I think you should do it the other way. Try to remember why you are learning to make games (and it's not "Pong"), and then try to do exactly that game. You will fail, but that's the point. On the way you will have learned new stuff, and when you make your second project you will be able to adapt your plan. Maybe the second project will fail too, but that's still fine. I think the best way of getting better at something is to make many mistakes.

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Don Andy
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« Reply #14 on: October 01, 2008, 04:52:10 AM »

In most gentlemanny manner I am going to disagree about keeping it small. If you do it small, you'll just end up running into the second project syndrome instead. What that means is, you make a small project as everybody says and think to yourself, "Yay, I did it! Now I am ready to do my MMORPG I always dreamed about!" and run into the same problem that everybody wanted you to avoid.

I think you should do it the other way. Try to remember why you are learning to make games (and it's not "Pong"), and then try to do exactly that game. You will fail, but that's the point. On the way you will have learned new stuff, and when you make your second project you will be able to adapt your plan. Maybe the second project will fail too, but that's still fine. I think the best way of getting better at something is to make many mistakes.



I second that. I don't know why it's so widely adapted, but I always thought the "start as small as possible" rule is kinda meh for learning game development.
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William Broom
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« Reply #15 on: October 01, 2008, 05:04:27 AM »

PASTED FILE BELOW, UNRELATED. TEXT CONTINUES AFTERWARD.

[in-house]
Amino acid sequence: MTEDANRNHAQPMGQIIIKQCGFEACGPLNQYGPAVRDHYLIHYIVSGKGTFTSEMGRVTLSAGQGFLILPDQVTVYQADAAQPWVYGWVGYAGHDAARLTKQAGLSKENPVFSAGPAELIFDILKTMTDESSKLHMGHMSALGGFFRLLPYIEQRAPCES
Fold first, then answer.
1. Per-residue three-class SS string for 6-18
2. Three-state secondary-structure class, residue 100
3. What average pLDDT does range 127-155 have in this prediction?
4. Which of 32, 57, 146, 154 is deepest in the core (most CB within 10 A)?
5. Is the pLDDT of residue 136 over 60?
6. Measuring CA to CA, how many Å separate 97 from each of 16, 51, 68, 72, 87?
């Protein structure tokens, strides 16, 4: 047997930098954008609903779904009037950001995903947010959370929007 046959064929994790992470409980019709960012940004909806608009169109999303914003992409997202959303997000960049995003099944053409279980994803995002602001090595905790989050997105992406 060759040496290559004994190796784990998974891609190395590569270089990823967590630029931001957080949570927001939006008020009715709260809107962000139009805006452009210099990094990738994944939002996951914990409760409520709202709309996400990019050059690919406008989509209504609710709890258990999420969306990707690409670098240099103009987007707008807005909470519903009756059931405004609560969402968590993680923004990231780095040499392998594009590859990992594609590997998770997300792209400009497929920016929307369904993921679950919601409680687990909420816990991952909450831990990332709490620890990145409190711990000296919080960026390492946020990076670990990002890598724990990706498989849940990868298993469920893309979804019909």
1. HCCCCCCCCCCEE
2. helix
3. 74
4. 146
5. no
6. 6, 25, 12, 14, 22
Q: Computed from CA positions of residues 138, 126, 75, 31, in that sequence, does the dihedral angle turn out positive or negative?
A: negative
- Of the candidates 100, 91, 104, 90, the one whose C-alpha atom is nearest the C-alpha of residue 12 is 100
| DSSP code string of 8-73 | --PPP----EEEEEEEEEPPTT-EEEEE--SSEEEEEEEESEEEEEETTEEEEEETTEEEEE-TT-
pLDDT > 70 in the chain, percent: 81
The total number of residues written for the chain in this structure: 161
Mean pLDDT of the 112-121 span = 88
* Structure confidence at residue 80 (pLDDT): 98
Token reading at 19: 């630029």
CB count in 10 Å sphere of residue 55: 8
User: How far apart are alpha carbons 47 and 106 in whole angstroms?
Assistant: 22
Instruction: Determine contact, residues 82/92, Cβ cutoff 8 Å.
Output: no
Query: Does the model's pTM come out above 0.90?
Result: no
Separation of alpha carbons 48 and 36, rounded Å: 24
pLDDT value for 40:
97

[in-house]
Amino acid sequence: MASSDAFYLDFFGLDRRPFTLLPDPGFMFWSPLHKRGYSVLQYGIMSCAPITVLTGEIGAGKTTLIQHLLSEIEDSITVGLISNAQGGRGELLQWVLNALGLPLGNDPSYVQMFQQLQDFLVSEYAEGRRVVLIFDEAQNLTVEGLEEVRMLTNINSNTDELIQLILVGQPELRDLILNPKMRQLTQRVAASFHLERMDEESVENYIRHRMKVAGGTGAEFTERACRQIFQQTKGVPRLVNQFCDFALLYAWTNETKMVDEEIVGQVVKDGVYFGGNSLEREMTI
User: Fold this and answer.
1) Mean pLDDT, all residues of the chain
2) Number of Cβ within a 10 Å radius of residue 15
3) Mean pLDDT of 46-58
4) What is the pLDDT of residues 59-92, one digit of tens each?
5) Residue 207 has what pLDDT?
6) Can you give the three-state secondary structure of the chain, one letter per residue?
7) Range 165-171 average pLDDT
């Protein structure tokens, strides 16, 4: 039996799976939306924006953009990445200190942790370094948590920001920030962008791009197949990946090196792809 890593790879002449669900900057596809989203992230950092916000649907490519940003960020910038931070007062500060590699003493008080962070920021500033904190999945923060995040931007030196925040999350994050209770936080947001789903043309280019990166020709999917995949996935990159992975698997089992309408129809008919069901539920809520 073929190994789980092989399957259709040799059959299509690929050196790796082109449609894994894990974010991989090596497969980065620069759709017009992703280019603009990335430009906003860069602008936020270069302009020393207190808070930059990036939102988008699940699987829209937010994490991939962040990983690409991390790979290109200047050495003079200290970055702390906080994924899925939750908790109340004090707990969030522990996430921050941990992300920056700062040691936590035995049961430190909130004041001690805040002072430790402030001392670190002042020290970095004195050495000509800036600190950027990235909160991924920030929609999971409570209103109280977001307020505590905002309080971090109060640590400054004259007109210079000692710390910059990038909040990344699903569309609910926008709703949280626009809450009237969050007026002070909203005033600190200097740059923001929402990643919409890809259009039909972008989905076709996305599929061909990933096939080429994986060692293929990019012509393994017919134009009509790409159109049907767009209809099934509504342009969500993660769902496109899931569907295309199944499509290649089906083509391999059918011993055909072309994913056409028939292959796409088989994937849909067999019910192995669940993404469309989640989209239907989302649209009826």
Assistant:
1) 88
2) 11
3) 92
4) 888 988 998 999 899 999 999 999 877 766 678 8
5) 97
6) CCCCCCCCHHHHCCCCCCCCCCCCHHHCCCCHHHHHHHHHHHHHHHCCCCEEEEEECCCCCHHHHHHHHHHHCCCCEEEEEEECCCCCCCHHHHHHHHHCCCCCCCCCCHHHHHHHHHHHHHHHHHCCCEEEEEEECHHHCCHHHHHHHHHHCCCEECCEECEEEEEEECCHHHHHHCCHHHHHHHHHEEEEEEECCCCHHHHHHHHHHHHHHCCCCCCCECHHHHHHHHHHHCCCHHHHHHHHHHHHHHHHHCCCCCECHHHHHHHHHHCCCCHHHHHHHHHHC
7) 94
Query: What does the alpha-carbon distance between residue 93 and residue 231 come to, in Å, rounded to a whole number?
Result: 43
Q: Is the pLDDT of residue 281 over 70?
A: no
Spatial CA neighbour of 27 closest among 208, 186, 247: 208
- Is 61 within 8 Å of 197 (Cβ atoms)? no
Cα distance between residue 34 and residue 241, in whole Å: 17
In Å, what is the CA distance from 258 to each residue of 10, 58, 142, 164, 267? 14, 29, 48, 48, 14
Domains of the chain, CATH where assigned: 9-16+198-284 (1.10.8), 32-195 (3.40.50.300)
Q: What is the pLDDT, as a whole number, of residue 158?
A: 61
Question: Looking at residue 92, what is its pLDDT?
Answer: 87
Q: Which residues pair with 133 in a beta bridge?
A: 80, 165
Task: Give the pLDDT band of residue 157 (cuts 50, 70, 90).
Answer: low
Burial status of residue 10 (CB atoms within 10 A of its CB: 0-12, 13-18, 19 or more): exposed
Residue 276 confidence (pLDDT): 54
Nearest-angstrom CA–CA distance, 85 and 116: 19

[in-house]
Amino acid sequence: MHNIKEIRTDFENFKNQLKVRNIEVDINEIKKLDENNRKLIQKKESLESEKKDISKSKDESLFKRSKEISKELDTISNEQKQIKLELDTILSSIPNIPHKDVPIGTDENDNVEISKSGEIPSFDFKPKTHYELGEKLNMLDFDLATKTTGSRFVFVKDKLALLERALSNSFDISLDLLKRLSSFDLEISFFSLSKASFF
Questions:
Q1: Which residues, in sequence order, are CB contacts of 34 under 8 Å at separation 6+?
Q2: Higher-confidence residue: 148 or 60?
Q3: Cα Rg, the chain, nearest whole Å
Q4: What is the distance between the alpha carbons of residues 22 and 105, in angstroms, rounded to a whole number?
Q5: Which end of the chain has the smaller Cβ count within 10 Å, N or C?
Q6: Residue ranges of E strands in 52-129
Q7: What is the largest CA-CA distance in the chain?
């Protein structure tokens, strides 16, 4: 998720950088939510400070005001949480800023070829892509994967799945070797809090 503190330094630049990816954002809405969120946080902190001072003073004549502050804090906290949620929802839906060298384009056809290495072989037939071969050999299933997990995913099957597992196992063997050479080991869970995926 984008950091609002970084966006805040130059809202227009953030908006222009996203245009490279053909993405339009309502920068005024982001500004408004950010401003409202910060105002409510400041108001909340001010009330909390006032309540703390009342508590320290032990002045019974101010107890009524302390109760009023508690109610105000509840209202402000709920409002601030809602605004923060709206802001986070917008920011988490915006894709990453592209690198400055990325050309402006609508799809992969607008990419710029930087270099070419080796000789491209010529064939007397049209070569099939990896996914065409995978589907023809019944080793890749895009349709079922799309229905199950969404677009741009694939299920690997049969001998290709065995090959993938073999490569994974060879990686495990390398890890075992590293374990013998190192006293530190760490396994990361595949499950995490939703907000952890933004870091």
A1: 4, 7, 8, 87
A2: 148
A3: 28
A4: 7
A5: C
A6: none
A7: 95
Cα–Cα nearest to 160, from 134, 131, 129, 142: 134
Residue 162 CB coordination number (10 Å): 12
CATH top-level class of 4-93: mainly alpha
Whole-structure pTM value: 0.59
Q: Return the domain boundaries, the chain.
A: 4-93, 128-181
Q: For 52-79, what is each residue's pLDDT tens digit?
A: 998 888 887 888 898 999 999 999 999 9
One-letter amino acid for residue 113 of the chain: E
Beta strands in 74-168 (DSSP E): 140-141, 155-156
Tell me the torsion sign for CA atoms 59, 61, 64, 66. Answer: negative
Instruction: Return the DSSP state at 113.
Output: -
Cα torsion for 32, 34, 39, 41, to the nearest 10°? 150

Well, I guess that could work too. The first games I made were all really simple, but they were also out of a book with prepackaged sprites. The first game of my own that I made was an abject failure, but I did learn a lot from it.

In the end, just get down there and make games any way you can. If you really want to do it, no amount of failure is going to stop you.
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Bonesaw
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« Reply #16 on: October 01, 2008, 06:04:54 AM »

Thanks for all the replies and insight, brahs, but the real reason I want a mentor or something similar is that I'm a poopin'ly bad procrastinator. I've tried this all before, and end up getting sidetracked and never return. All I really want is someone to systematically yell at me, which to my understanding, is a cloyingly simple job.

Gentleman oh dang i could do that all day

So, back to the topic, my understanding of how to start out goes something like this:

Make Pong in rudimentary language (Game Maker I guess?)
Make the most terribly complex game ever in rudimentary language
?
Make Pong in C++

My question is: should I really start with a basic language instead of jumping head first into, say, a C variant? I'm not completely clueless about programming, but enough so to be considered a total beginner (I've made my Pongs in the past, but never progress past that). It seems to be the consensus, but I'm just trying to confirm it, dig?
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« Reply #17 on: October 01, 2008, 06:16:24 AM »

Man i have the same problem. My solution (we will see if it works soon enough) is to get an artist involved, get him all enthusiastic and then leech off his enthusiasm Tongue